Florida/Miami Marlins Mount Rushmore

Florida/Miami Marlins Mount Rushmore: Jose Fernandez

John Lepore | May 22nd, 2020

The Florida/ Miami Marlins came into the league in 1993. Despite the short history, the Marlins have two World Series Championships (1997, 2003). They’ve also had some pretty good players come through their franchise. But who makes the Florida/Miami Marlins Mount Rushmore?

Be sure to check out all of our Mount Rushmore articles here.

Luis Castillo

The long time Marlins second baseman gets the nod here. He played for 10 consecutive years for Florida (1996-2005). While he wasn’t on the playoff roster for them in 1997, he was the starting second baseman in 2003. With nearly completely different rosters for each of their championships, Castillo was a constant. From 1998-2004 he had 235 SBs and batted .302 with a .377 OBP. He won three consecutive Gold Gloves from 2003-2005. Also, let’s not forget he was the one who hit the ball that Steve Bartman famously tried to catch.

Castillo is the franchise leader in Games Played (1,128), Runs (675), Hits (1,273), and SBs (281). While the Marlins certainly had better players sprinkled in here and there, Castillo was one thing they could count on especially between championships.

Hanley Ramirez

After just two plate appearances for the Boston Red Sox in 2005, they decided to trade their 21-year-old shortstop in the offseason. While the Marlins gave up 2003 stars Josh Beckett and Mike Lowell, they knew immediately they found an absolute stud in Ramirez. Hanley won the Rookie of the Year in 2006 with an .833 OPS and 51 SBs. He also showed some promise in the power department with 46 doubles and 17 HRs. From 2007-2010, Ramirez averaged 29 HRs, 39 SBs, and 202 hits per 162 while slashing .319/.394/.532.

Hanley was the face of the franchise for the Marlins from 2006-2010. Unfortunately, in 2011, he suffered injuries which kept him limited to 92 games. After a slow first half in 2012, their first year as the Miami Marlins, Ramirez was traded to the Los Angeles Dodgers. Due to constant income issues with the Marlins franchise, you won’t find many players that last long with them. But Hanley had arguably the greatest stretch of any player in the team’s history.

Giancarlo Stanton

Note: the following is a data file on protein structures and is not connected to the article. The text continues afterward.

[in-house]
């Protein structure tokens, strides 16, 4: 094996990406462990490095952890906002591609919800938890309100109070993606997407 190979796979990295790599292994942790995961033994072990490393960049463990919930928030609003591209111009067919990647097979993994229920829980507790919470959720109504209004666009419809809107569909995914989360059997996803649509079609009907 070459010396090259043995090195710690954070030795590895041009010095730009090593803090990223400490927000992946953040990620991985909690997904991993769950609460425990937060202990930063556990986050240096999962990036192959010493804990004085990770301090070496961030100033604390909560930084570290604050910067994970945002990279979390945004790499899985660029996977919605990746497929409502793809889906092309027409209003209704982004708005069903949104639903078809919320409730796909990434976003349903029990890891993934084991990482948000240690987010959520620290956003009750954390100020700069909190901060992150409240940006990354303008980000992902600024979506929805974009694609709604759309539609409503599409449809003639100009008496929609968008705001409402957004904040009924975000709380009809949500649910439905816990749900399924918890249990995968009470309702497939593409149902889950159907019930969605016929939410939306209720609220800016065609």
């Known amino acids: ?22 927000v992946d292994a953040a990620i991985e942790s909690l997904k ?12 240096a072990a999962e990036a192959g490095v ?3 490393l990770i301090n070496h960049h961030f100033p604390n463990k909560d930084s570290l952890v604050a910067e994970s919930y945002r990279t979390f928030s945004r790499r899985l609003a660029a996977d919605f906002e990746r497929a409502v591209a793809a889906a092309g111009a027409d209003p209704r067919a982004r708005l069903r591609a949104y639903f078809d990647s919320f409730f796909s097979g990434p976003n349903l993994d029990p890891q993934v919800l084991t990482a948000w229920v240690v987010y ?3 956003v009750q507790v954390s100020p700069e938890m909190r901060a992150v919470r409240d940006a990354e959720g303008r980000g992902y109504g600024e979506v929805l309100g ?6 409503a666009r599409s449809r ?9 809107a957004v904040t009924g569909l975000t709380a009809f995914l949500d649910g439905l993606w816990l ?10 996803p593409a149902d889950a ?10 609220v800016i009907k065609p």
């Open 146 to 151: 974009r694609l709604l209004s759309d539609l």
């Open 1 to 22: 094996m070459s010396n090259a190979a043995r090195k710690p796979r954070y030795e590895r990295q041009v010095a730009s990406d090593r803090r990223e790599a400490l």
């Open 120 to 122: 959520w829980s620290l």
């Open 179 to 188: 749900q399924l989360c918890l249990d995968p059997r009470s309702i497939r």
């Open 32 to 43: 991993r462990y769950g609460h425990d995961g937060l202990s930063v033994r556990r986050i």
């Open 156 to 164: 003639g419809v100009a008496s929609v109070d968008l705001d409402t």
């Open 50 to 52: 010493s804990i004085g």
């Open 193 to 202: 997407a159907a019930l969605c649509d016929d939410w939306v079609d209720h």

The right fielder formerly known as Mike came onto the scene in 2010. The 20-year-old right fielder blasted 22 HRs in 100 games for the Florida Marlins. After hitting another 34 bombs in 2011, the Marlins went to Miami and Mike changed his name. Over the next six seasons, Giancarlo averaged 46 HRs and 116 RBI while slashing .271/.365/.564. He finished second to Clayton Kershaw in the MVP race in 2014, leading the league in HRs that season with 37.

In 2017 Stanton would win the NL MVP award leading the league in HRs (59), RBI (132), and OPS+ (169). He is the all-time franchise leader in rWAR (35.7), SLG (.554), HRs (267), and RBI (672). Eight years for the Marlins is a long time in their history and Stanton is easily the most prolific position player they’ve ever had.

Jose Fernandez

Despite a tragically short four-year career, Fernandez made an indelible mark on his teammates as well as the fans. He had a personality that was infectious and he wore his emotions on his sleeve. Fiercely competitive and loyal to his team, Fernandez would just as easily buzz you inside as he would smile and joke about a crazy play. The business side of baseball has taken a more prominent role in recent years. It has become less likely to see a player with the childish exuberance of Fernandez. When he passed away on September 25, 2016, something in every baseball fan died.

It wasn’t just his on-the-field mannerisms that excited fans from all over. His stuff was downright filthy. In 76 career starts, Fernandez pitched to a ridiculous 2.58 ERA (2.72 xFIP, 2.85 SIERA), 1.054 WHIP, and a 23.8% K-BB rate. He was just 24 and wrapping up a season which saw him throw 182.1 innings in 29 starts with 253 strikeouts, all career highs. I’ll leave you with a video that you may have seen, but is certainly worth watching again. RIP Jose #16.

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